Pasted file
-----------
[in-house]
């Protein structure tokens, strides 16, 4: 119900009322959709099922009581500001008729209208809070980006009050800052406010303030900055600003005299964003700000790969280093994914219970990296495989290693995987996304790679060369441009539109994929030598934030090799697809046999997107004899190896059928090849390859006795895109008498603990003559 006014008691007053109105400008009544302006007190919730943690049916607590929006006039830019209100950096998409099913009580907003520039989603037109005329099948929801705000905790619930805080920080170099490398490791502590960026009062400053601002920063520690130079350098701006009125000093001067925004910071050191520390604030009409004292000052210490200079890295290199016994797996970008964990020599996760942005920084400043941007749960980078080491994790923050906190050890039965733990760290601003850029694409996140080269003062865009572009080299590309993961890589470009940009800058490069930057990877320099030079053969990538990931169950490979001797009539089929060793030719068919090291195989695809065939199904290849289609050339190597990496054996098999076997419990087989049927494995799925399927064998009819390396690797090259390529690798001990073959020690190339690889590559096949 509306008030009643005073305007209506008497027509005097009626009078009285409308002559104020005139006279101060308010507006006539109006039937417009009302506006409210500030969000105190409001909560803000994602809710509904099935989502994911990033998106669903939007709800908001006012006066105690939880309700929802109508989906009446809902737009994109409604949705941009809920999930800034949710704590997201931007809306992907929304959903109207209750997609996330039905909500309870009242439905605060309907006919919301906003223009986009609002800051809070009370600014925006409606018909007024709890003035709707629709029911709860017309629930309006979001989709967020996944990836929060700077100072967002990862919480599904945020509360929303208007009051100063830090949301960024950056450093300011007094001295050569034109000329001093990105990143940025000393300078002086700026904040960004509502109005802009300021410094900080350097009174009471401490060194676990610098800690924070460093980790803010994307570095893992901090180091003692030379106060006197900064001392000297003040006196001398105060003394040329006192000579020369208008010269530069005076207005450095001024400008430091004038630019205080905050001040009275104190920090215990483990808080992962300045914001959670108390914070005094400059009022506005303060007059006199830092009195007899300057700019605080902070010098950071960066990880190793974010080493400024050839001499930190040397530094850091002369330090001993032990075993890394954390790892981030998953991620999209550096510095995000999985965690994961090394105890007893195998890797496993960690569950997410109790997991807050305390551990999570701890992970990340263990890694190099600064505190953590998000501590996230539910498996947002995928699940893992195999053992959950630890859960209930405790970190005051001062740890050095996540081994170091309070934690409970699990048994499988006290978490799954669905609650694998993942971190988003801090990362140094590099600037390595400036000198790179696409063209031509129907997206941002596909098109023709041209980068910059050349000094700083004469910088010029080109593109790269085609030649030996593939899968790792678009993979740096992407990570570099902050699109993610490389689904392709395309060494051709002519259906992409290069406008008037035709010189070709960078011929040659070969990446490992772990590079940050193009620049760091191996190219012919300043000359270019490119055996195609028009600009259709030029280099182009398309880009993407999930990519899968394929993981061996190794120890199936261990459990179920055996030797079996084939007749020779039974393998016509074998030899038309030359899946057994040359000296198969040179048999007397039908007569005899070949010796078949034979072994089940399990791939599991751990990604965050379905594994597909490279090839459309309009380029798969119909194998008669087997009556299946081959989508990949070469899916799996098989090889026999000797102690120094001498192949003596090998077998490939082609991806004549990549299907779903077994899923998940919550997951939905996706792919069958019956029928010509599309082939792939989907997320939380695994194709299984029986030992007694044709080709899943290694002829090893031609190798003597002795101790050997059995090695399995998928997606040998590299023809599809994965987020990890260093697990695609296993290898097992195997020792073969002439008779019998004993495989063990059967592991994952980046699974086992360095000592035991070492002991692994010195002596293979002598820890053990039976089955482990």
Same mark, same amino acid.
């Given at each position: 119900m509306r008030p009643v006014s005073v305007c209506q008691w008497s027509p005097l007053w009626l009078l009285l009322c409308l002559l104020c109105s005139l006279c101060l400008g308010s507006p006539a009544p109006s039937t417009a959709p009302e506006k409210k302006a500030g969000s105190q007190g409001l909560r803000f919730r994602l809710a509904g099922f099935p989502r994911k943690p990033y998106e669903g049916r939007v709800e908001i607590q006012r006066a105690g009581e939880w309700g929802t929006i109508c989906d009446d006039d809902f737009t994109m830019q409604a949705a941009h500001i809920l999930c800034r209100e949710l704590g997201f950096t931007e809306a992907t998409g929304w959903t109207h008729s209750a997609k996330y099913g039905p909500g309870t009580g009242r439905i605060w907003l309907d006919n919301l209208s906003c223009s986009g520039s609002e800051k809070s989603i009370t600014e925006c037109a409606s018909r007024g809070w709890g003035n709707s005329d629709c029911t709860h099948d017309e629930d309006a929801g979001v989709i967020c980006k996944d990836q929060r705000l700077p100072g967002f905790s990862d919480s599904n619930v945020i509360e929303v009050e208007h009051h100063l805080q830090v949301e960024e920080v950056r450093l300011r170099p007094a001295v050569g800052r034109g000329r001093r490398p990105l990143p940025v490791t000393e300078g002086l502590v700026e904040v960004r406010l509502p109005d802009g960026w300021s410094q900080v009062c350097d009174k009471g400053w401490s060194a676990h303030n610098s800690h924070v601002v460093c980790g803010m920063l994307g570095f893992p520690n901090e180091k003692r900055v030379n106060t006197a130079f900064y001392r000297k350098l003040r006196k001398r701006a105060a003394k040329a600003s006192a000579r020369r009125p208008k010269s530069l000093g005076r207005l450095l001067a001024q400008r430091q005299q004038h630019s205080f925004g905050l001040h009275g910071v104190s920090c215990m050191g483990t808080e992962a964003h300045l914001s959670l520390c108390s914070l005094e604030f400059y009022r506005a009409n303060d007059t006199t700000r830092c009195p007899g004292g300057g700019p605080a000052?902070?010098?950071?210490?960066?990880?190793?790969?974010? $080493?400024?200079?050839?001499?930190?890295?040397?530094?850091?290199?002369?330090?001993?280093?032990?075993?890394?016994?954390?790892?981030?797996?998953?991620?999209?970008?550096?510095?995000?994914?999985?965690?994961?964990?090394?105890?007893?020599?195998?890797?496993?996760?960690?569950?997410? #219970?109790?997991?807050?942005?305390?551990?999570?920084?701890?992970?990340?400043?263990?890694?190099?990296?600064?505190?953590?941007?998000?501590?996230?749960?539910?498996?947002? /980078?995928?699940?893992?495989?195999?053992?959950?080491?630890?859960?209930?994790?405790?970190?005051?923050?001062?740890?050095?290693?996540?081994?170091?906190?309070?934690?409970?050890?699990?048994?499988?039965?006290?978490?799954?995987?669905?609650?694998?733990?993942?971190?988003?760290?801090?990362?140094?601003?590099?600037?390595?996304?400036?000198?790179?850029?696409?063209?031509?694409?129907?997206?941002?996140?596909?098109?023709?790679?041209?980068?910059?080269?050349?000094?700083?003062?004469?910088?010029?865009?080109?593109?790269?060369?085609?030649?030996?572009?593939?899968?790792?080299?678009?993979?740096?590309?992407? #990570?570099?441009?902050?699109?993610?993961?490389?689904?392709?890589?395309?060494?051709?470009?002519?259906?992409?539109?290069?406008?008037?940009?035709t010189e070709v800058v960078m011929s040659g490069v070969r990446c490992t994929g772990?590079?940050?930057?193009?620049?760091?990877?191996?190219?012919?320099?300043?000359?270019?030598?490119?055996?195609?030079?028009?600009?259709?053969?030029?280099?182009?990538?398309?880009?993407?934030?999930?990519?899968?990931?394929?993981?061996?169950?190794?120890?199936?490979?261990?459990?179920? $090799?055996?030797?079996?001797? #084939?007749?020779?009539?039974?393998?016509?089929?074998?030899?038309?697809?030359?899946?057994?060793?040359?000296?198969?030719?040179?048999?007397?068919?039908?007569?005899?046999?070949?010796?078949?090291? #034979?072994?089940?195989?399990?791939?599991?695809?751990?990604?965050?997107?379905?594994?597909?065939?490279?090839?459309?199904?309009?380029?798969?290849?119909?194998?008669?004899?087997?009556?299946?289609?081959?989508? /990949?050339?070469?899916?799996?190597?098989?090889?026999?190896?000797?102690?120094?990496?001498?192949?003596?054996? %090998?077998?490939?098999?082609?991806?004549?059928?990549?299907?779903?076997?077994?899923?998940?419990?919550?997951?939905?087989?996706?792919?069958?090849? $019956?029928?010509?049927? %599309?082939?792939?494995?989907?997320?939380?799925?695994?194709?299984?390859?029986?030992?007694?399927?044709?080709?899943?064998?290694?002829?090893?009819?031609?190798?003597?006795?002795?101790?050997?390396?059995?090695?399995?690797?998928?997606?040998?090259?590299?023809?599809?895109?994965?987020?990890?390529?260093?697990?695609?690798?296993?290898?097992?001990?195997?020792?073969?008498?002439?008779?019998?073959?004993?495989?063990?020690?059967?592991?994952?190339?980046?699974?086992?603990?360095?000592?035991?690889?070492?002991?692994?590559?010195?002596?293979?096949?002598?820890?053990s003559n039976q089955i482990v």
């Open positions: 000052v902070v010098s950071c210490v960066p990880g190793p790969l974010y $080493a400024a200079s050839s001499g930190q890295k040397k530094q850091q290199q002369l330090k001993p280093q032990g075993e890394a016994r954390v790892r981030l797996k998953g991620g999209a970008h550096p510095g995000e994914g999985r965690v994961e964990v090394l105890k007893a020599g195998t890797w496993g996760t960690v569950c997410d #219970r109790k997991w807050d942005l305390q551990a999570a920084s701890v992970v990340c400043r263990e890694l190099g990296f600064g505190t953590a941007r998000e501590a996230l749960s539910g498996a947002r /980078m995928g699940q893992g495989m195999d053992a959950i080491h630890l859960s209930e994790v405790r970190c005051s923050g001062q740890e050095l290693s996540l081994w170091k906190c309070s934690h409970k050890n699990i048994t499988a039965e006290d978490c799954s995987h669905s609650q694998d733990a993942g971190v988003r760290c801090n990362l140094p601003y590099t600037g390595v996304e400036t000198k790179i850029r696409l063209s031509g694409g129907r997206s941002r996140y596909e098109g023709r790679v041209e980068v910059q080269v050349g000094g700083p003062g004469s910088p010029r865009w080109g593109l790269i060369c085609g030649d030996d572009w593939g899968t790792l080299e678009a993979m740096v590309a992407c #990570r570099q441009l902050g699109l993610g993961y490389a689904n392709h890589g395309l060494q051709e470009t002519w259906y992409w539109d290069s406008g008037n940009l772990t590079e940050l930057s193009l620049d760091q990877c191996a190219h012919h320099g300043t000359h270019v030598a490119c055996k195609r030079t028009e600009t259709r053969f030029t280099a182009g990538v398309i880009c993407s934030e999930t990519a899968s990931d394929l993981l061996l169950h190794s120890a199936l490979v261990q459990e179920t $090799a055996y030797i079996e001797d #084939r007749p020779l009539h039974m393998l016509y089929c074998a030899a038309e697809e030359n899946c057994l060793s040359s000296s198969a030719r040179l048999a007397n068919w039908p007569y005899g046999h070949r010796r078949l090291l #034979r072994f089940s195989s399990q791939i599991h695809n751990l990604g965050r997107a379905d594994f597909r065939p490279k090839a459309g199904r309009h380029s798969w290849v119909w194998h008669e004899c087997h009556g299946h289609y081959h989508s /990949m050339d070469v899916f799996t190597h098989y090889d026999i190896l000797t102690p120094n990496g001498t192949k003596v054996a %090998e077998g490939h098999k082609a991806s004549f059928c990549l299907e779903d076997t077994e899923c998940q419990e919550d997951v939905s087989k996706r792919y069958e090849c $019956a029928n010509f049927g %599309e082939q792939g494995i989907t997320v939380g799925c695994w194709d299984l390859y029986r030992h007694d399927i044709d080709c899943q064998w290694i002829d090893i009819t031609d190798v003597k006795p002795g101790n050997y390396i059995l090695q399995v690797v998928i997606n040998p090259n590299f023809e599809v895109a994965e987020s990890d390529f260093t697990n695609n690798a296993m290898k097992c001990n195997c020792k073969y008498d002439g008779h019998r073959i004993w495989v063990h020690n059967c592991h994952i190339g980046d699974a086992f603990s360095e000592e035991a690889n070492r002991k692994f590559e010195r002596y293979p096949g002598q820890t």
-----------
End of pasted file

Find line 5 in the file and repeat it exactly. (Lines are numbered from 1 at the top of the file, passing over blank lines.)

């Open positions: 000052v902070v010098s950071c210490v960066p990880g190793p790969l974010y $080493a400024a200079s050839s001499g930190q890295k040397k530094q850091q290199q002369l330090k001993p280093q032990g075993e890394a016994r954390v790892r981030l797996k998953g991620g999209a970008h550096p510095g995000e994914g999985r965690v994961e964990v090394l105890k007893a020599g195998t890797w496993g996760t960690v569950c997410d #219970r109790k997991w807050d942005l305390q551990a999570a920084s701890v992970v990340c400043r263990e890694l190099g990296f600064g505190t953590a941007r998000e501590a996230l749960s539910g498996a947002r /980078m995928g699940q893992g495989m195999d053992a959950i080491h630890l859960s209930e994790v405790r970190c005051s923050g001062q740890e050095l290693s996540l081994w170091k906190c309070s934690h409970k050890n699990i048994t499988a039965e006290d978490c799954s995987h669905s609650q694998d733990a993942g971190v988003r760290c801090n990362l140094p601003y590099t600037g390595v996304e400036t000198k790179i850029r696409l063209s031509g694409g129907r997206s941002r996140y596909e098109g023709r790679v041209e980068v910059q080269v050349g000094g700083p003062g004469s910088p010029r865009w080109g593109l790269i060369c085609g030649d030996d572009w593939g899968t790792l080299e678009a993979m740096v590309a992407c #990570r570099q441009l902050g699109l993610g993961y490389a689904n392709h890589g395309l060494q051709e470009t002519w259906y992409w539109d290069s406008g008037n940009l772990t590079e940050l930057s193009l620049d760091q990877c191996a190219h012919h320099g300043t000359h270019v030598a490119c055996k195609r030079t028009e600009t259709r053969f030029t280099a182009g990538v398309i880009c993407s934030e999930t990519a899968s990931d394929l993981l061996l169950h190794s120890a199936l490979v261990q459990e179920t $090799a055996y030797i079996e001797d #084939r007749p020779l009539h039974m393998l016509y089929c074998a030899a038309e697809e030359n899946c057994l060793s040359s000296s198969a030719r040179l048999a007397n068919w039908p007569y005899g046999h070949r010796r078949l090291l #034979r072994f089940s195989s399990q791939i599991h695809n751990l990604g965050r997107a379905d594994f597909r065939p490279k090839a459309g199904r309009h380029s798969w290849v119909w194998h008669e004899c087997h009556g299946h289609y081959h989508s /990949m050339d070469v899916f799996t190597h098989y090889d026999i190896l000797t102690p120094n990496g001498t192949k003596v054996a %090998e077998g490939h098999k082609a991806s004549f059928c990549l299907e779903d076997t077994e899923c998940q419990e919550d997951v939905s087989k996706r792919y069958e090849c $019956a029928n010509f049927g %599309e082939q792939g494995i989907t997320v939380g799925c695994w194709d299984l390859y029986r030992h007694d399927i044709d080709c899943q064998w290694i002829d090893i009819t031609d190798v003597k006795p002795g101790n050997y390396i059995l090695q399995v690797v998928i997606n040998p090259n590299f023809e599809v895109a994965e987020s990890d390529f260093t697990n695609n690798a296993m290898k097992c001990n195997c020792k073969y008498d002439g008779h019998r073959i004993w495989v063990h020690n059967c592991h994952i190339g980046d699974a086992f603990s360095e000592e035991a690889n070492r002991k692994f590559e010195r002596y293979p096949g002598q820890t």